2017-09-07 / Outdoors

L-L bridge walk beats rainstorm


“MARLEY” and her master Debbie Hickenlooper were all smiles after the Lake Leelanau bridge walk. “MARLEY” and her master Debbie Hickenlooper were all smiles after the Lake Leelanau bridge walk. Marley trailed a bit behind the pack at the Lake Leelanau bridge walk, which covered all of a couple blocks and about 50 steps over the Narrows separating the basins for the village’s namesake lake.

He looked like he could have done laps around the slow-moving crowd, The afghan hound was bred to run fast, so at 4-years-old he needed restraining.

“We kept him at the back because he gets nervous,” explained Debbie Hickenlooper. She and husband Jay were renting a home this summer in Lake Leelanau after selling the family cottage in Leland; they’ve since bought a new house in the county.

The weather for the walk, which looked to bring out about 40 people and one-third as many dogs, was typical of Leelanau’s summer — cool with a chance of rain.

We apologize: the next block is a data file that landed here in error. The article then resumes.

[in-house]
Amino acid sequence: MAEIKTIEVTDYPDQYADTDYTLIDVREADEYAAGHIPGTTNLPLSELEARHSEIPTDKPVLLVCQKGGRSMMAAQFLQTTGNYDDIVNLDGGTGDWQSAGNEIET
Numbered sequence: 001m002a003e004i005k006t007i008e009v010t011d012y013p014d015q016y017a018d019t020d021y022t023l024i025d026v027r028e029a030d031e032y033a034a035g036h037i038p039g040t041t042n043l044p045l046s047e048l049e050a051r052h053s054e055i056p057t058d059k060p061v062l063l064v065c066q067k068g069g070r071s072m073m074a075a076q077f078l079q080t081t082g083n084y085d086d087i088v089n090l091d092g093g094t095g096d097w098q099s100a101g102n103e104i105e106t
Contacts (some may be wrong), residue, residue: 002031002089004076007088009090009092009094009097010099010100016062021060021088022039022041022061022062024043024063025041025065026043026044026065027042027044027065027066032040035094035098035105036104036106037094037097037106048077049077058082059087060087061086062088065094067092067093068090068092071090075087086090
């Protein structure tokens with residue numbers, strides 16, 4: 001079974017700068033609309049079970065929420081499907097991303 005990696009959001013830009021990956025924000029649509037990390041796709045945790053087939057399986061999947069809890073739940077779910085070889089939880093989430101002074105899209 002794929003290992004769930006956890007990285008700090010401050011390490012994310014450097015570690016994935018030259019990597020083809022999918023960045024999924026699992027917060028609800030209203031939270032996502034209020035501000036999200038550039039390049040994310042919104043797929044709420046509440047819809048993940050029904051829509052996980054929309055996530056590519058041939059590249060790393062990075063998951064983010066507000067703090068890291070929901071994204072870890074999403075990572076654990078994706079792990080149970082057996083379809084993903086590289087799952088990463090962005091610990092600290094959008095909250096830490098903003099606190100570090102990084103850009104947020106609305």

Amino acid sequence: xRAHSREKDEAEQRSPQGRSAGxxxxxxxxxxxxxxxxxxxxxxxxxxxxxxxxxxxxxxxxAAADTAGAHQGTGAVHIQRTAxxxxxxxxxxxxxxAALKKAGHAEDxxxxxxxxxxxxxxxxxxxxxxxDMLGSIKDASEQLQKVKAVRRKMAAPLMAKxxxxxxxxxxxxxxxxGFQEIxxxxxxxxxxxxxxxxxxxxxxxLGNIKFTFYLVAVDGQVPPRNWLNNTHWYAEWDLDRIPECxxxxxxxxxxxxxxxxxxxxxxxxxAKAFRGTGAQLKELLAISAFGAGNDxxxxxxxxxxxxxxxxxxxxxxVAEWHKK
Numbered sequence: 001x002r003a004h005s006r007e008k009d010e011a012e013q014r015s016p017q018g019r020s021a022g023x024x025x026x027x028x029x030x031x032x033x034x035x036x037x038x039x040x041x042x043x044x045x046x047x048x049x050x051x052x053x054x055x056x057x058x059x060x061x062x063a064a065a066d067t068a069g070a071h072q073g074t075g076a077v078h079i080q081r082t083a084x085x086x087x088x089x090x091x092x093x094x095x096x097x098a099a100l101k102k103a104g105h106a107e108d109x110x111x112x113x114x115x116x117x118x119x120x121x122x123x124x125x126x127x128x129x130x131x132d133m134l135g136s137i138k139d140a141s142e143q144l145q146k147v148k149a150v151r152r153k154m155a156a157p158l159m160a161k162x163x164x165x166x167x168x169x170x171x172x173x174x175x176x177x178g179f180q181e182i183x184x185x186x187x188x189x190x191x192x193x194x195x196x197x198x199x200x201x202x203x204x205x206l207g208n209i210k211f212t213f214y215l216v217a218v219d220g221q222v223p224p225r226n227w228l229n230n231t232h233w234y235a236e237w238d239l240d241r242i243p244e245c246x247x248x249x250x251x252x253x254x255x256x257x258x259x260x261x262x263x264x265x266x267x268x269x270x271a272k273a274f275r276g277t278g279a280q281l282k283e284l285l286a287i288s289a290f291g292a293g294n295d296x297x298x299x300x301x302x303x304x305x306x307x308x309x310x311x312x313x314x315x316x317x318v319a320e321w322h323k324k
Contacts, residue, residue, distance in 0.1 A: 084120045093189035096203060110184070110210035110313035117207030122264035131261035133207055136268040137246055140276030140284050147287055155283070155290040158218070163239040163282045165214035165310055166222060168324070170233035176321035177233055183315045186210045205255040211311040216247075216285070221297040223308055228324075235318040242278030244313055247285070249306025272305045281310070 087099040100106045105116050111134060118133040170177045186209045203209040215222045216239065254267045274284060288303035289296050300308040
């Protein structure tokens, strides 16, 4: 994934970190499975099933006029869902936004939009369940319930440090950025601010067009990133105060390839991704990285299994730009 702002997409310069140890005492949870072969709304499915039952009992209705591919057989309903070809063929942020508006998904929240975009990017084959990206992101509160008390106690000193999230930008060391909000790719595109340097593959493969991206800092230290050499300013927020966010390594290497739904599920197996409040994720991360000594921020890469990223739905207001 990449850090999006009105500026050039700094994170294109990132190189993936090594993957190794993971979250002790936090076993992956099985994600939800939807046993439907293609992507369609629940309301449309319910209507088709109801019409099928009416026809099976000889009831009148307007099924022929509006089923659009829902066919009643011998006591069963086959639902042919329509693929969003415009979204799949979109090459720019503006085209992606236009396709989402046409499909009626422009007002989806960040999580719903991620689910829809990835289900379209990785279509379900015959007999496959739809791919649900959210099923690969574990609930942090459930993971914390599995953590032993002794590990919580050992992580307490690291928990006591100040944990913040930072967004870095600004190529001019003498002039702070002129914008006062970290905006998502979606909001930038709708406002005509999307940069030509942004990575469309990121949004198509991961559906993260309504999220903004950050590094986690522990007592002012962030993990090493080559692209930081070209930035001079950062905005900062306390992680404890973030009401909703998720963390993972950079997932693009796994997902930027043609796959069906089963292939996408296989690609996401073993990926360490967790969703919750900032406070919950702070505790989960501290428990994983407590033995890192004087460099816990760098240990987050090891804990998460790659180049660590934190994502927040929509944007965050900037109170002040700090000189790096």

BRIDGE WALKERS in Lake Leelanau occupied only one lane when heading across the narrows, causing traffic to slow down more than stop for the occasion. BRIDGE WALKERS in Lake Leelanau occupied only one lane when heading across the narrows, causing traffic to slow down more than stop for the occasion. The Hickenloopers, whose permanent address is in Tampa, Fla., have appreciated every day.

“It’s been wonderful,” said Jay.

Added Deb, “We keep looking at the weather in Florida and it’s in the 90s. Why would we go back there?” she said.

Walkers started at the Fig restaurant located on the west side of the Narrows and were escorted west by a township fire truck and Sheriff’s office patrol car. They kicked off promptly at ... 9:05 a.m. At the “finish line,” the Pedaling Beans coffee shop offered free coffee and Jill and Ken DeLeary, owners of Red Top Pasteria, sold their signature breakfast pasties.

“They always sit around and talk before it starts,” explained a man walking toward Figs with a dog around 9 a.m., the announced starting time.

The walk is designed to be laid back, especially compared to the five-mile Mackinac Bridge Walk led by Gov. Rick Snyder that causes considerable traffic disruption for folks headed south after the extended holiday weekend.

In Lake Leelanau, a few cars lined up waiting for the bridge to clear.

While Labor Day is considered the unofficial close to the summer season, locals are looking forward to a September with less traffic and tourists.

“No, this is when the good stuff starts,” said Leland Township supervisor Susan Och.

— Story and photos by Alan Campbell

Return to top